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Severe head and neck injuries resulting in death or serious sequelae in judo have been recently reported in Japan,1 2 reaffirming the importance of establishing effective measures to reduce such serious injuries. We describe how and in whom the severe head and neck injuries occur in judo and outline the potentially preventive strategies.
Injuries in judo
Judo is a whole-body sport; however, injuries of the knee, shoulder and fingers are common.3 Head and neck injuries are rarer, with incidences of 2.44 and 1.47 cases per 100 000 judokas per year, respectively, but they tend to be more serious.1 According to accident reports submitted to the All Japan Judo Federation’s System, there were 30 cases of head injury and 19 cases of neck injury reported between 2003 and 2010.1
Young players aged <20 years accounted for 90% (27/30) of cases of head injury. Many of the victims of these injuries had <1 year of experience. Head injuries occurred while being thrown in approximately 70% (21/30) of cases during osoto-gari. Osoto-gari is a common leg throw in which judo players sweep their opponent’s leg out while throwing them backwards. The back of the head is impacted in approximately 60% (14/23) of cases, with the most commonly reported head injury being an acute subdural haematoma.1
In cases of neck injuries, young players aged <20 years account for approximately 58% (11/19); these players were more experienced, with 68% (13/19) having at least 5 years of judo experience. Approximately, 63% (12/19) of judokas are injured while throwing an opponent. The most common technique involved in neck-injured players is uchi-mata, followed by seoi-nage. In uchi-mata, judo players rotate their body and use their leg to kick their opponent’s inner thigh. Neck injuries may occur when judo players dive head first in a flexed neck position while throwing an opponent. In all but one individual, the diagnosis was cervical spinal cord injury.1 Severe head and neck injury in judo carries a poor prognosis. Of 30 judokas with head injuries, 15 died, 11 had severe sequelae and only four experienced full recovery. Of 19 judokas with head injuries, seven had complete quadriplegia, seven had incomplete paralysis and five experienced full recovery.1
Head injury prevention
Judo beginners practise ukemi first to mitigate the impact of being thrown and to prevent injury. The most common cause of head injuries occurs with osoto-gari; thus, backwards ukemi should be appropriately performed.4 When practising backwards ukemi, beginners are instructed to look at the knot in their belt or curl their body to keep the neck flexed. Although the precise mechanism of head injuries by osoto-gari remains unclear, rotational and shearing forces between the brain and dura from the impact to the back of the head may have a key role in bridging vein ruptures.5 When players cannot keep the neck flexed while being thrown backwards, the neck extends and the head rotates backwards and then rebounds after hitting the mat. The brain, however, continues to rotate backwards because of inertia, resulting in a gap between rotational movements of the brain and skull.5 To avoid this situation, it is important for players to suppress neck extension while being thrown backwards. Thus, increasing neck muscle strength and mastering ukemi are important, though scientific evidence of the effectiveness has not been established yet. Additionally, head protectors have the potential to attenuate impact to the head in judo, although official rules do not permit them. What can be done to prevent beginners sustaining head injuries? Since the All Japan Judo Federation has engaged in educational campaigns for safety, including safety guidance to coaches and parents from 2012,6 the number of serious injuries has decreased. These initiatives should be extended worldwide. Finally, physicians should pay attention to concussion symptoms in judokas who are hit to the head, because repeated injuries have been reported in several cases with severe head injury.7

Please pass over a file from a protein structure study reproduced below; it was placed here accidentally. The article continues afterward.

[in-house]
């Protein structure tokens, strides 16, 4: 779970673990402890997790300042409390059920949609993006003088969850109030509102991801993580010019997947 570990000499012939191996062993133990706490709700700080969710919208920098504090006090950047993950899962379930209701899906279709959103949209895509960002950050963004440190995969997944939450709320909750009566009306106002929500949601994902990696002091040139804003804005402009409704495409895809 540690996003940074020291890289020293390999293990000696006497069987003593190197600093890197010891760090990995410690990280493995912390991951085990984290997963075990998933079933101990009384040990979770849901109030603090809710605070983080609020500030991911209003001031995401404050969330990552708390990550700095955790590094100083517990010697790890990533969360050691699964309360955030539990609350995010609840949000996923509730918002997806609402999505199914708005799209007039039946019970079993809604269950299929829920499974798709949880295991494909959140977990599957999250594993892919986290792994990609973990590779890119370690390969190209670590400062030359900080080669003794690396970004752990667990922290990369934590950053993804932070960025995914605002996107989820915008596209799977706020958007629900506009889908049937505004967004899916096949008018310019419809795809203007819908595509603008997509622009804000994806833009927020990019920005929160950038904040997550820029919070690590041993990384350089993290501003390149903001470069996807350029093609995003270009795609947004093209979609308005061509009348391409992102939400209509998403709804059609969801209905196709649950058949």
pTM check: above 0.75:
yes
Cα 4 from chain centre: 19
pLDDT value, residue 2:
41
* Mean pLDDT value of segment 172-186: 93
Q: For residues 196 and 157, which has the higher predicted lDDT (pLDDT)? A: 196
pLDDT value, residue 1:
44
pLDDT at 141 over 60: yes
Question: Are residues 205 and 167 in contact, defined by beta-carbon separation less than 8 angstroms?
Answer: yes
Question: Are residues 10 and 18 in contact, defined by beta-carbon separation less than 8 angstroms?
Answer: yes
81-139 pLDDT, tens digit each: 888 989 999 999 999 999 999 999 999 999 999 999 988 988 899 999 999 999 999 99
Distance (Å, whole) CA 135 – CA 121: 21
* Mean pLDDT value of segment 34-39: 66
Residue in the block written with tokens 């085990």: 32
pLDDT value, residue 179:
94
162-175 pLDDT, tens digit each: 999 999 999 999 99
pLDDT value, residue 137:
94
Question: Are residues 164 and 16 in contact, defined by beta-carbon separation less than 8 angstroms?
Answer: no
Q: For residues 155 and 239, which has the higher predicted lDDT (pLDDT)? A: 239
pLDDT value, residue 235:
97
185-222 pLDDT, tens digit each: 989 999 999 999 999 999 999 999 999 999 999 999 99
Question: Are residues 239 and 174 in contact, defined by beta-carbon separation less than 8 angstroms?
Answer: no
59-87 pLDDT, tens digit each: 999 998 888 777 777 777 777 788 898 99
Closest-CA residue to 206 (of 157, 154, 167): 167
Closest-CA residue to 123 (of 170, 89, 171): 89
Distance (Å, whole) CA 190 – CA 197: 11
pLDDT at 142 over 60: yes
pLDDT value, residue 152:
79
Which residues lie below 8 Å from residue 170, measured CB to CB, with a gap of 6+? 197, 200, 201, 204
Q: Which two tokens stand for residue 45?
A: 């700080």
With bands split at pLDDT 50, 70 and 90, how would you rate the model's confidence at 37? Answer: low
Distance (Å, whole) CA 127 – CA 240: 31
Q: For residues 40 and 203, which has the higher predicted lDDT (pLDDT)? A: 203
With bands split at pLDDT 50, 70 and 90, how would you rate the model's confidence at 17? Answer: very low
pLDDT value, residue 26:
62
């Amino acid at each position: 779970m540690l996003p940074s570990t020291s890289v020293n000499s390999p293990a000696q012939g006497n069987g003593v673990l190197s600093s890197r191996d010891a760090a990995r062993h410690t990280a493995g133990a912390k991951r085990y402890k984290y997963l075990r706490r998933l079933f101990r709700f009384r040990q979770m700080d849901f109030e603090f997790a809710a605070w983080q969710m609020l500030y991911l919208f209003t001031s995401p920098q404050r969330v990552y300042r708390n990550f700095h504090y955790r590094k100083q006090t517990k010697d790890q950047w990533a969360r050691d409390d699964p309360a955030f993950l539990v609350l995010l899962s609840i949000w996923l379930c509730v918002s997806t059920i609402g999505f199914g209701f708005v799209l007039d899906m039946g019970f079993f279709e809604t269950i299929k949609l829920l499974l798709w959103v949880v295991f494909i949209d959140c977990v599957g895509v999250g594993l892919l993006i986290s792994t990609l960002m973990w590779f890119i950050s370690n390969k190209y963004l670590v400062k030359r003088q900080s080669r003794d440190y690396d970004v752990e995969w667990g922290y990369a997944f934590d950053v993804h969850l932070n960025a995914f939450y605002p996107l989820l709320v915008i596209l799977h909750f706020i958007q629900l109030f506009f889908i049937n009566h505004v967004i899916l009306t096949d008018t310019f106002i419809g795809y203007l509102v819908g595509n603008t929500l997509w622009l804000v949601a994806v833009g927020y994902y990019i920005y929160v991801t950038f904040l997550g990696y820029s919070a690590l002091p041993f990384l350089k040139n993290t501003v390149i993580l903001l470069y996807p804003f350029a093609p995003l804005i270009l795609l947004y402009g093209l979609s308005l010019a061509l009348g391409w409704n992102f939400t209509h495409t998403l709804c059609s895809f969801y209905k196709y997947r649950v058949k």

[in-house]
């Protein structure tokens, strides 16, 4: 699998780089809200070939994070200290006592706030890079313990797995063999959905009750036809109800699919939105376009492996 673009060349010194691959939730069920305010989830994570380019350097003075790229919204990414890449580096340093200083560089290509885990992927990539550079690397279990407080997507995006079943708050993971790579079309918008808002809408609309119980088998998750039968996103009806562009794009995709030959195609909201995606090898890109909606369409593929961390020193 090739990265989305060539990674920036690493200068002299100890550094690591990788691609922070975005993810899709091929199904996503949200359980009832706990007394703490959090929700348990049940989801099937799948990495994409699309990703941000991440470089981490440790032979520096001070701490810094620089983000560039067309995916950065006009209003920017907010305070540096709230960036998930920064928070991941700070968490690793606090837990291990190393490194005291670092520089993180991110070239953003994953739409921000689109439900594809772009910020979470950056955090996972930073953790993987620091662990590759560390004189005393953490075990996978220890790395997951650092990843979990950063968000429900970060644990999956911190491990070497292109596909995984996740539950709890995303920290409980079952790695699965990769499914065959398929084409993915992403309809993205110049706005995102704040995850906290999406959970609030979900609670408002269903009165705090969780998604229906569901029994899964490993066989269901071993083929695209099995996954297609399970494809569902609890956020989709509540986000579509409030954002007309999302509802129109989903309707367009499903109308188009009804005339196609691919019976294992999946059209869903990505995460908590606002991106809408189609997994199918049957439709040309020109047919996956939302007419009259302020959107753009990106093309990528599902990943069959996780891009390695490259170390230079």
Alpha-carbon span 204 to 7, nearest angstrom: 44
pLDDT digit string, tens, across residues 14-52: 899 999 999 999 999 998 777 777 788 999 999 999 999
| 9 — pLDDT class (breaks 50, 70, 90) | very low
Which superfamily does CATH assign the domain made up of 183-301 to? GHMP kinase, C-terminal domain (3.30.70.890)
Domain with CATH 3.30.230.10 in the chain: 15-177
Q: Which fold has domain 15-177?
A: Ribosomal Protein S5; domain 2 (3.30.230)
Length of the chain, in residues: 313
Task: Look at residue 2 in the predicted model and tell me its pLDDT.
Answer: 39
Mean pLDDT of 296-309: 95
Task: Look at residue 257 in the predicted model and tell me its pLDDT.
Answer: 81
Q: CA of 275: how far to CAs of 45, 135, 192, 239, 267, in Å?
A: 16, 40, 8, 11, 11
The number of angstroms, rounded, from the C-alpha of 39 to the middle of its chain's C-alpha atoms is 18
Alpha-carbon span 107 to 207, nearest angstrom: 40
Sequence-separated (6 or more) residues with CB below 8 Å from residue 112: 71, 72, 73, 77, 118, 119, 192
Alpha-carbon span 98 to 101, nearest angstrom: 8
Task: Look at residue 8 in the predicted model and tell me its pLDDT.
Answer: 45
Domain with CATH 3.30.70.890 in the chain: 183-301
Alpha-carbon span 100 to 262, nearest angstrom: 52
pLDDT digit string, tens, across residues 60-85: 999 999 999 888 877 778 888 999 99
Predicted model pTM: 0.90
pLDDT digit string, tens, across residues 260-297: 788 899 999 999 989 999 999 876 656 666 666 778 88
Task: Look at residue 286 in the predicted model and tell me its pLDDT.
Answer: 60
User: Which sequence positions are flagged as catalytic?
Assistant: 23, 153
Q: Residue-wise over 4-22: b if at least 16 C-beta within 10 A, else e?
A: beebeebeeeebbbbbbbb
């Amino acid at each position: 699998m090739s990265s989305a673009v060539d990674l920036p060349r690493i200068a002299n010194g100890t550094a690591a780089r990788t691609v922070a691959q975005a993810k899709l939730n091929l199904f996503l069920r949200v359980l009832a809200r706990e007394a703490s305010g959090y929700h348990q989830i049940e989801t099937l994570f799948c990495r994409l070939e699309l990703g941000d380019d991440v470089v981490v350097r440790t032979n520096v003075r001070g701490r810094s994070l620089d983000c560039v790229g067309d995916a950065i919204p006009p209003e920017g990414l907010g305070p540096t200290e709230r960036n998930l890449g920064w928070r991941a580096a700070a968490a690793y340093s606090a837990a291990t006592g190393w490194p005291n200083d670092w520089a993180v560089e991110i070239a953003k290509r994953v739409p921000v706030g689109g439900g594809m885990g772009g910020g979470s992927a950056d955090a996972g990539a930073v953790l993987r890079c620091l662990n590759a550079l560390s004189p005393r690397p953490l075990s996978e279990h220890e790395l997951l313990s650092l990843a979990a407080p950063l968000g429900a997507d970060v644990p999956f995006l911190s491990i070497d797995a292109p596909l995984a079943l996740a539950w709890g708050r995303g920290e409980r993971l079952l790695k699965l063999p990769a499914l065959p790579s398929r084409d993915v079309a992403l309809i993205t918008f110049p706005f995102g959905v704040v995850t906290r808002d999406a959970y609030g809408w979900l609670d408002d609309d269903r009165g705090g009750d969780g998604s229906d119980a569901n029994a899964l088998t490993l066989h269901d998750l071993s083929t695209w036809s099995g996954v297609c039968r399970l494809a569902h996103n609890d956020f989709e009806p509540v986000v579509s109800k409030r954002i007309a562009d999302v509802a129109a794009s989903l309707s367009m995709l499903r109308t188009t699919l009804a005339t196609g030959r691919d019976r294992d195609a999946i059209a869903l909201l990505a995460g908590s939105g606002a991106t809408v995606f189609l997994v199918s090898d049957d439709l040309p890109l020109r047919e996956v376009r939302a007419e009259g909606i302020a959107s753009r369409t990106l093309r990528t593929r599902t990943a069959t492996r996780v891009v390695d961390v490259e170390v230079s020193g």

Neck injury prevention
Neuromusculoskeletal examinations, X-rays and neck muscle training and stretching have been suggested for preventing neck injuries. However, considering that neck injuries occur when experienced judo players are putting all their effort into throwing their opponents, such training may be futile. Although the action of diving head first when performing a technique is currently listed as a grave infringement by the rules of judo, referees are reluctant to apply this rule because it decides the winner and ends the match. However, this rule must be strictly enforced for safety purposes. In American football, spearing tackles have been penalised since 1976; this rule successfully reduced neck injuries by 80%.8
Along with implementing all potentially preventive measures, in-depth analysis of the injury mechanisms in the actual situations as well as laboratory tests would help to develop more effective prevention programmes. Meticulous registration of all serious judo injuries both at national and international levels and video analysis of these injuries are strongly recommended.
Competing interests None declared.
Provenance and peer review Not commissioned; externally peer reviewed.